Michael takes strong issue with the recommendations of noted development economist Paul Collier, in his new book, Exodus, that in order to foster development the migration of skilled people from poor countries should be forcefully discouraged. Such measures necessarily involve “forcing people to not realize their dreams and ambitions,” Michael says. A better response, he says, would be finance arrangements that enable destination countries to pay for the training of those they will recruit, as Michael has proposed in a recent policy paper: Global Skills Partnerships: A Proposal for Technical Training in a Mobile World.

While such mechanisms are still mostly in their infancy, it makes sense to establish and expand them now, since the mobility transition is likely to last for many decades, in some cases well more than a century.

According to Michael, for very poor countries that manage a sustained growth rate around 2 percent, it would take over a century to reach the transition point of about $8,000 per capita GNP. We end with a discussion of the implications of Michael’s research for US policy towards Mexico and other Latin American countries. Tune in to hear that, and much else we couldn’t squeeze into this summary!

My thanks to Kristina Wilson for recording and editing the Wonkcast and to Kristin Sadler for a first draft of this blog post.


More mothers are choosing to give birth at ‘home’

World map

Births started in homes, moved to hospitals and are now moving back to homes, at least in the developed world. More parents are choosing places that aren’t hospitals for giving birth — and that presents new risks and complications. A conversation on Oregon Public Radio’s Think Out Loud.


Malnourished children in sub-Saharan Africa not getting needed life-saving drugs

africa-map-wiki-Author-Hristov

A research study last year showed that a simple antibiotic can reduce a severely malnourished child’s chances of dying by nearly 40 percent. But getting that antibiotic to the children who need it is easier said than done. Anders Kelto reports from Malawi for PRI’s The World.


The Commitment to Equity Assessment (CEQ) – Nora Lustig

Many governments try to reduce poverty and inequality through a mixture of taxes, transfers, and public services. Individual policies, such as taxation or cash transfers, are frequently evaluated on how well they address these goals. But the overall impact of a country’s fiscal policy package on poverty and inequality has rarely been subject to systematic analysis—until now.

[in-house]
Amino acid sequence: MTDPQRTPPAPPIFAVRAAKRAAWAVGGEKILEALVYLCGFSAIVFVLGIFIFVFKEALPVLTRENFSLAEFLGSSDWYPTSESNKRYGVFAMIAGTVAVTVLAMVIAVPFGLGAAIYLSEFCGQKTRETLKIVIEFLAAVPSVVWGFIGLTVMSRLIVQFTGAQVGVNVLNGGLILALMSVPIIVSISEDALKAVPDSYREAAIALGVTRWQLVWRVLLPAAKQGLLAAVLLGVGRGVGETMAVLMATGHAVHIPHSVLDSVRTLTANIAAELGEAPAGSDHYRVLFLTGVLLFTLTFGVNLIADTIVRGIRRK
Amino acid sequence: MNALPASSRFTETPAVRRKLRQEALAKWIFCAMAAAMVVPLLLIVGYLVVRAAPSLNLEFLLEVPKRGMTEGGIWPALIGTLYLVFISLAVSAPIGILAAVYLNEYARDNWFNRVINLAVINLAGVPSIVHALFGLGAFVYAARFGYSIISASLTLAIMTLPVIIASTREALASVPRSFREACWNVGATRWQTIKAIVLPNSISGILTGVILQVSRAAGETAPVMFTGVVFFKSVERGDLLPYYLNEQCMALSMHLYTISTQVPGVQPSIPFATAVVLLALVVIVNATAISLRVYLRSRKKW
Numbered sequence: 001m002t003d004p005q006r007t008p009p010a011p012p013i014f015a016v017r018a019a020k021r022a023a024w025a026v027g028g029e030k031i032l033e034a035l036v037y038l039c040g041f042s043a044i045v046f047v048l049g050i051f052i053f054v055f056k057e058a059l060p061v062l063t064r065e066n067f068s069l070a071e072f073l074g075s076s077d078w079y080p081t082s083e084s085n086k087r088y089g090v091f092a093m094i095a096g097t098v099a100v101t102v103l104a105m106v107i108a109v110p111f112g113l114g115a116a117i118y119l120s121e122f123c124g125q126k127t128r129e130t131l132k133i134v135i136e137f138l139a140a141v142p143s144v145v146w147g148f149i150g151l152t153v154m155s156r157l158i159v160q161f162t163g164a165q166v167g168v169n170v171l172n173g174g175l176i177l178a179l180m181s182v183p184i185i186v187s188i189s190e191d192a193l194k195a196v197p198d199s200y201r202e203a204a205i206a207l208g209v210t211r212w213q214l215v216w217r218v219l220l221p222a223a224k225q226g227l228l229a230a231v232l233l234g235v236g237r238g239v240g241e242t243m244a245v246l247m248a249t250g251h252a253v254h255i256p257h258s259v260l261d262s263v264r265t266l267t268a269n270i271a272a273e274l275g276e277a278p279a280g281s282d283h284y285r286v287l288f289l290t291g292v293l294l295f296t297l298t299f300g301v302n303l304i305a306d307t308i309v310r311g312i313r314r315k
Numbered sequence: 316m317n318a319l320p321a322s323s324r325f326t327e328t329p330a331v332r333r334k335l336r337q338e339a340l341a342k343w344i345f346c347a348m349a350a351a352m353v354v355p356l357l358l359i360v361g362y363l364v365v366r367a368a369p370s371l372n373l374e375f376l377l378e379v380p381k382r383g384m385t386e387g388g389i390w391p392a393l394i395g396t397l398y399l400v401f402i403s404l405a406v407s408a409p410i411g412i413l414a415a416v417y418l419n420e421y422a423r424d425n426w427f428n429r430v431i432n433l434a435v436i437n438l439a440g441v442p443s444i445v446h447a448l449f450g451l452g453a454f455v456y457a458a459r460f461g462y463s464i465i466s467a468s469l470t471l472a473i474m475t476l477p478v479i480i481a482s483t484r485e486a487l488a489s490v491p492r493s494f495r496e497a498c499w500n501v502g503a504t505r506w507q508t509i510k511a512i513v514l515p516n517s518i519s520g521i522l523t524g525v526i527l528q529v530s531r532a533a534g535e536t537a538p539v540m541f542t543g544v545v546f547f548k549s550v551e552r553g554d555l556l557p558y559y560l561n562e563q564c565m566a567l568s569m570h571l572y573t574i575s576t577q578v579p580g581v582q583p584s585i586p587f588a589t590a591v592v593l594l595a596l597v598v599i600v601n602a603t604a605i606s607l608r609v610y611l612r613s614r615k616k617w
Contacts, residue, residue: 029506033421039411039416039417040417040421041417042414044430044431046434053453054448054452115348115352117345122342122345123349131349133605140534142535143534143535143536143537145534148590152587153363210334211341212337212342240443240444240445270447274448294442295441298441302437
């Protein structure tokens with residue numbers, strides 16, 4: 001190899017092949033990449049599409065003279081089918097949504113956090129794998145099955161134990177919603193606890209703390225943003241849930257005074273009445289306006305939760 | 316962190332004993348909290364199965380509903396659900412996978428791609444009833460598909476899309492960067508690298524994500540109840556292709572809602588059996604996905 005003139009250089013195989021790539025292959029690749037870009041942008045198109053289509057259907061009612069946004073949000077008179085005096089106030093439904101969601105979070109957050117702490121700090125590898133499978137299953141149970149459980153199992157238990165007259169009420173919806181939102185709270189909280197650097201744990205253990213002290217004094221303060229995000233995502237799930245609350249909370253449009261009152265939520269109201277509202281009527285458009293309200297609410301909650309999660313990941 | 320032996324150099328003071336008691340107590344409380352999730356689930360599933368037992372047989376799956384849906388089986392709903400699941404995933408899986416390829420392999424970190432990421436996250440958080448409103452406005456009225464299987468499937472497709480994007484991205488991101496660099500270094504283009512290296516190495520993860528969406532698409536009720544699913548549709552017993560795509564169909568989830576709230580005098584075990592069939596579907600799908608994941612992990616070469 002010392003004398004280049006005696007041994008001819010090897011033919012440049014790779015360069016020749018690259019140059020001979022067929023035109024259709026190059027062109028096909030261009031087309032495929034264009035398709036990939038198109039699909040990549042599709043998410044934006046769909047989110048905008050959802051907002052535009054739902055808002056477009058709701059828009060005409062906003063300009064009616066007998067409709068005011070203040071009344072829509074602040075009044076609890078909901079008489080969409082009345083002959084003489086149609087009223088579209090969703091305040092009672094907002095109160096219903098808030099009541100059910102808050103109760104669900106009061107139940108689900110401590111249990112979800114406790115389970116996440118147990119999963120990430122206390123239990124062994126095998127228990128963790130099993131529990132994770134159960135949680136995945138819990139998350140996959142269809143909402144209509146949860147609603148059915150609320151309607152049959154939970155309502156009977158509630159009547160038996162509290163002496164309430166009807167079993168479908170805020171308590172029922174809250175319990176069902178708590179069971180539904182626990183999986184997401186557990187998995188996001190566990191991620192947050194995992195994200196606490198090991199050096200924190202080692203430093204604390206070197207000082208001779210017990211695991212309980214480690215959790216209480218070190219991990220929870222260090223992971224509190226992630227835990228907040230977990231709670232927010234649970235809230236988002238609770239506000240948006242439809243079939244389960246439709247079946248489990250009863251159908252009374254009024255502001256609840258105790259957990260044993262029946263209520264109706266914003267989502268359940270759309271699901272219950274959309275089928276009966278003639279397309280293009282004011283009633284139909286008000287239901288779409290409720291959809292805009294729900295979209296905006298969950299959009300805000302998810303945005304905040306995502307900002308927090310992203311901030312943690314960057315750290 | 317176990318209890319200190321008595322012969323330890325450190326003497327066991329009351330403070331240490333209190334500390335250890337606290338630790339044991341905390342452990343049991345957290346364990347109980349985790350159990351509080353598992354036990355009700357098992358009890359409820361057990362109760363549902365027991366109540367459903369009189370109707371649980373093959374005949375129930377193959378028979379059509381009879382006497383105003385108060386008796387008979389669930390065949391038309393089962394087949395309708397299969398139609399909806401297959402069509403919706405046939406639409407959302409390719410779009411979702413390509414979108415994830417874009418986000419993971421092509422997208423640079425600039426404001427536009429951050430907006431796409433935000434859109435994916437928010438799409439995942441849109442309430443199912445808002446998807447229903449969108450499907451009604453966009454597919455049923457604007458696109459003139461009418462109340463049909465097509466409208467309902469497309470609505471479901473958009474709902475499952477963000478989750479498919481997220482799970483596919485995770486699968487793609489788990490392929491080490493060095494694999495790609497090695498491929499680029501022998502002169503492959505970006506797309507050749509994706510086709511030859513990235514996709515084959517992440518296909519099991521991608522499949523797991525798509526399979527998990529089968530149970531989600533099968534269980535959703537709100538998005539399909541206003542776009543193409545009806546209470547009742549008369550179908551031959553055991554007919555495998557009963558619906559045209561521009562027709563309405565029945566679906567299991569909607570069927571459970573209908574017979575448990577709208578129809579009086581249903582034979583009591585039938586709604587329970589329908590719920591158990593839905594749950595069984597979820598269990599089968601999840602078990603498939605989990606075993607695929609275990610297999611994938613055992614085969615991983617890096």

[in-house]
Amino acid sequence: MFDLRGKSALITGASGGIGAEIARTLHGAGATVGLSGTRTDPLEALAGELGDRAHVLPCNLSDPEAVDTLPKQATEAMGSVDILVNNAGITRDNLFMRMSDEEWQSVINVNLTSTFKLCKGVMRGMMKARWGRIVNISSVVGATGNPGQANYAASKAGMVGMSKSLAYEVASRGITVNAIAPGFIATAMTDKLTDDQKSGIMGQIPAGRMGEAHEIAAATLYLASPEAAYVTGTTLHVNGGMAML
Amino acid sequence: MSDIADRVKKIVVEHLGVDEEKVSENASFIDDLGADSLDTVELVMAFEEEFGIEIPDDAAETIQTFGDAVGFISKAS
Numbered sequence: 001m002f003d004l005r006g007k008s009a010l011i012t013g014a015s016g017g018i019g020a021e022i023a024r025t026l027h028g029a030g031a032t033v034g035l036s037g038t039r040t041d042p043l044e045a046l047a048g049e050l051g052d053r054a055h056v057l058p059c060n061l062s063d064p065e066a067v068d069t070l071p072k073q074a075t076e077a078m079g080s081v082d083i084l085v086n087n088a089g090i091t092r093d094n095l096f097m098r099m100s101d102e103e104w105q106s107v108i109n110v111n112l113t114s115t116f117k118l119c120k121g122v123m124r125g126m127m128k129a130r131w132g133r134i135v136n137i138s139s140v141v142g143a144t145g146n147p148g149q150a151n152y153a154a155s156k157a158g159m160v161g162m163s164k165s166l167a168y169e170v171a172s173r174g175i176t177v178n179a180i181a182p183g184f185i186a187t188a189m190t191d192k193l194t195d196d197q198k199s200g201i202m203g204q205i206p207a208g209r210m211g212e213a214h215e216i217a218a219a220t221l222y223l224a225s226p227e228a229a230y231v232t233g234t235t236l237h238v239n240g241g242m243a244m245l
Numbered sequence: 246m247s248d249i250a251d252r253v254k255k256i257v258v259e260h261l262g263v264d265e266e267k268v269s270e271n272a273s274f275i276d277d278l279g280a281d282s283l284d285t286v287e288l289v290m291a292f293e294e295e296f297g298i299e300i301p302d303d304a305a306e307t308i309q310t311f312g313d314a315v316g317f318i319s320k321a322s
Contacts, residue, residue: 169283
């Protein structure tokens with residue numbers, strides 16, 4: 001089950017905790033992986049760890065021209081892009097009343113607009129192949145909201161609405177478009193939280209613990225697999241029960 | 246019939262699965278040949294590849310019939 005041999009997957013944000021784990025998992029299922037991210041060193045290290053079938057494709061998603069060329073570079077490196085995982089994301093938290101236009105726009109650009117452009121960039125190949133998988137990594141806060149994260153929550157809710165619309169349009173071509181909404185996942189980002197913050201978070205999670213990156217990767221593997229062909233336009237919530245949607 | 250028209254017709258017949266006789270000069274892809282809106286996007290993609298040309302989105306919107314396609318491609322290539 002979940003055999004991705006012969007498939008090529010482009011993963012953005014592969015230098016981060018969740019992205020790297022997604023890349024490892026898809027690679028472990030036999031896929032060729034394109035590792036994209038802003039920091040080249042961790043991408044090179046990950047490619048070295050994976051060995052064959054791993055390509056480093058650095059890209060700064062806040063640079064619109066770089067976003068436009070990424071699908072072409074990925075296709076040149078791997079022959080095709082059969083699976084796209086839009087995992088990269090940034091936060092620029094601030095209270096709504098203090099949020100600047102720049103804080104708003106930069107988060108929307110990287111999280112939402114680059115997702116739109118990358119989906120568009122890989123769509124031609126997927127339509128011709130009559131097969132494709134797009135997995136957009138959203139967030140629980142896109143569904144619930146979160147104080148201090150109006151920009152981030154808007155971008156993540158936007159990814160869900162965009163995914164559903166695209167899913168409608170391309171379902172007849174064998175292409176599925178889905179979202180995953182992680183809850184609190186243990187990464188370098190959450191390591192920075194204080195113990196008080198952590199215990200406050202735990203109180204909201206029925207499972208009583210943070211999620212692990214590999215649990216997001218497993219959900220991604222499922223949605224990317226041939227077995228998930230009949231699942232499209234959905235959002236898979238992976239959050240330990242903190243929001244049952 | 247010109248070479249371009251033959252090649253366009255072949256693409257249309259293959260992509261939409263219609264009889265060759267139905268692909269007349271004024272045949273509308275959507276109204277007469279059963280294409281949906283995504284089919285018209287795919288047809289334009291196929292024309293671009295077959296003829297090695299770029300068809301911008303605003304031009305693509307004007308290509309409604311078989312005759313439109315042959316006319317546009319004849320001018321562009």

Nora Lustig, a non-resident fellow at CGD and a professor at Tulane, has set out to close this gap with the Commitment to Equity Assessment or CEQ. I invited Nora to tell us about this new endeavor.

Nora explains that the CEQ is both a virtual toolbox—that is, a common analytical approach—and a global network of researchers who are applying this approach in a series of country case studies. CEQ partner institutions include Tulane University, the Inter-American Dialogue, and now CGD, which is helping to bring the approach and the case study findings to a broad international audience. These materials will be collected on a CEQ landing page that is part of the Center’s ongoing work on inequality.

The assessment initially focused on Latin America, the region Nora knows best. But with encouragement and funding from the World Bank and the Bill and Melinda Gates Foundation, the CEQ is growing rapidly to include countries in other regions, among them South Africa, Tanzania, Ghana, Tunisia, Armenia, Jordan, Sri Lanka, and Indonesia.

What exactly can we learn from such assessments? Nora offers Brazil as an example. Brazil is reputed to be well-run and pro-poor in its policies, especially for direct taxes and cash transfer programs such as Bolsa Familia. However, throwing consumption taxes into the mix considerably darkens the picture of equity. Because Brazil lays heavy taxes on the goods that the poor purchase frequently, such as rice and beans, the CEQ analysis shows that overall taxation policies actually worsen poverty. (Interestingly, they do not worsen inequality, listen to the Wonkcast or read this new CEQ/CGD paper to find out why!)

I also ask Nora whether reducing the tax burden on the poor and near poor, as the CEQ analysis suggests should be done, may have reduced incentives for these people to hold their governments accountable, thereby undermining the quality of governance. Listen to the Wonkcast for Nora’s intriguing reply, and examples of countries where the CEQ is already beginning to shape the policy dialogue.

My thanks to Kristina Wilson for recording and editing the Wonkcast, as well as providing a first draft of this blog post.


How a simple van in India can save a mother’s life

In 2007, the government of Madhya Pradesh, with the help of UNICEF, started a free ambulance service just for pregnant women. Called Janani Express (“janani” means “mother” in Hindi), the service transports pregnant women and new mothers from their villages to health facilities and back. In 2013 alone, one million pregnant women have benefited from the service, say UNICEF India doctors. Rhitu Chatterjee reports for PRI’s The World.


Older Posts »